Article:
Admitting things will go wrong isn’t easy for anyone or any team. But modern engineering practices have moved beyond this fear, giving birth to a new practice in DevOps and site reliability engineering (SRE) known as resilience engineering.
Resilience engineering today isn’t thought of as a function. However, just as DevOps was a description of culture before it was a role and site reliability was an extension of operations before it was a focus, I wouldn’t be surprised if resilience engineering became a function in the new future. The first question most will ask however is, “Isn’t this just SRE?” The purpose of the term is to change the focus from simply reacting to incidents to developing long-term response strategies for them.
Because the expectation in these environments is that things will break, resilience is the responsibility of existing DevOps and cloud operations teams. When applications and services do break, a “fly by the seat of your pants” response strategy will not work.
A Focus on Frameworks
Resilience engineering, while rooted in engineering practices, is largely focused on building strategies and a framework for their execution. This leaves the process of building resilience into a largely unestablished system in part because each system is unique. And, how you respond to issues in that system will likely be unique, even if the management plane that reports issues is not.
The job of resilience engineering is to:
Establish procedures, habits and decision trees
When things break, fight is the only option. Operators and on-call engineers need to address issues in a systematic and repeatable way and do their best to remove emotion and fear from the equation. This not only helps triage and resolve issues, but it also makes sure the activity associated with the issue leads to meaningful insights in post mortems and future collaboration. Part of that is establishing habits and decision-making processes for those who are on-call. The processes help prioritize what to focus on, help catch details because details are critical.
Resilience engineering must rely on data. This is another place where traditional SRE practices grow with a focus on resilience. In typical SRE environments, the focus is on the now, using real-time dashboards of the current state. When you think about resilience you are thinking about the past’s impact on the future, not the now. The only way to do that is to make sure the data supports it; thus, part of resilience engineering is making sure the data is there. Instead of data silos that most organizations have across their delivery chain. Resilience engineering should ensure that telemetry across the entire delivery chain is captured, correlated and shared. The reason this is critical is that what happens early in the delivery chain directly impacts incidents. That activity can be the source of answers, it can be the triggers for rollback, or it can be the clarity needed to prevent similar issues in the future. Without continuity between each stage of the delivery chain, it’s easy to miss correlated events that can lead to more systemic problems.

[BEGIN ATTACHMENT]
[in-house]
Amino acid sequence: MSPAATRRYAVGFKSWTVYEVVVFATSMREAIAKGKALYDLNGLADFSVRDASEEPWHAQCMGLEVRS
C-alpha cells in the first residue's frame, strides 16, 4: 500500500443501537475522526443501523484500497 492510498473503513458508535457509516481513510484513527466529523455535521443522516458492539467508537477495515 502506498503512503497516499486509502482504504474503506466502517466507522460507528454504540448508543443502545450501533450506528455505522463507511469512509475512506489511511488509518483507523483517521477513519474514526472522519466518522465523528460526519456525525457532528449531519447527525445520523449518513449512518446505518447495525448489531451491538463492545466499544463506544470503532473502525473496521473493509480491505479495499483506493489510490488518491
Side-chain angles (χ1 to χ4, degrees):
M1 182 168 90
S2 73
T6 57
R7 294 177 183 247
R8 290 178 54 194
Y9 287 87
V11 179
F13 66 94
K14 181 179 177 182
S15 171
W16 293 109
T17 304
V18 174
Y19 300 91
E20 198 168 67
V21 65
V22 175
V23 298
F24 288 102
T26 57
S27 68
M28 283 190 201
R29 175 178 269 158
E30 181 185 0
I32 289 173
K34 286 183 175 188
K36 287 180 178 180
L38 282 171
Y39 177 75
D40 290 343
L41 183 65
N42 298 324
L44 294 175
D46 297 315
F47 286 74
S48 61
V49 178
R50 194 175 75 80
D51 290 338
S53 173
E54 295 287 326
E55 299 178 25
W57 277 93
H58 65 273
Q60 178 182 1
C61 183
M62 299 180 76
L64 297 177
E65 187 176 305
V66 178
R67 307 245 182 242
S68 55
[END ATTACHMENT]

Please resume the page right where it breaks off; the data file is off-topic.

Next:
Engineering out of reproducible incidents
For most, the best part of resilience engineering is taking what is learned from previous incidents and finding ways to automate future resolution. Learning from data and having consistency in habit leads to the ability to create runbooks and automate remediation for known issues. Often incident response audit trails can read like playbooks for addressing issues of a particular type. When the resolution is not directly related to code and the potential of issues to surface again in the future is inevitable, being able to build intelligence to address it saves waking someone up at midnight and much shorter impact on customers.
The Resilience Stack
Organizations looking to embrace resilience engineering need to have a toolkit built for it. It’s pretty straightforward but worth highlighting. The resilience stack will include:
- Observability and/or monitoring tool.
- Incident response tool.
- On-call strategy documentation.
- Post mortem process and documentation.
- Documented processes including recommend response steps.
- Path to automation.
For those with a relatively mature and automated environment, the next step is chaos engineering—embracing chaos as a way to get ahead of incidents before they happen in the wild.
Get your markdown skills to maximum level. There is a lot of documenting that needs to happen with comprehensive resilience engineering. But these documents should not be shelf-ware—they should be living and ultimately lead to the implementation of automation or feedback to development.
As for monitoring, observability and incident response tools, it’s not enough to simply implement them. Knowing how data will be collected, consumed and actualized is also necessary. So is establishing an on-call strategy with purpose, not just because having everyone on-call is the “cool thing to do.”
It may seem obvious to say that organizations want system resiliency. What is not obvious is how to execute it. When organizations see the gaps (and are often embarrassed by them), they understand that resilience is a focus for either current functions or new ones in the future. That is why it’s worthwhile to talk about resilience engineering and what makes it effective.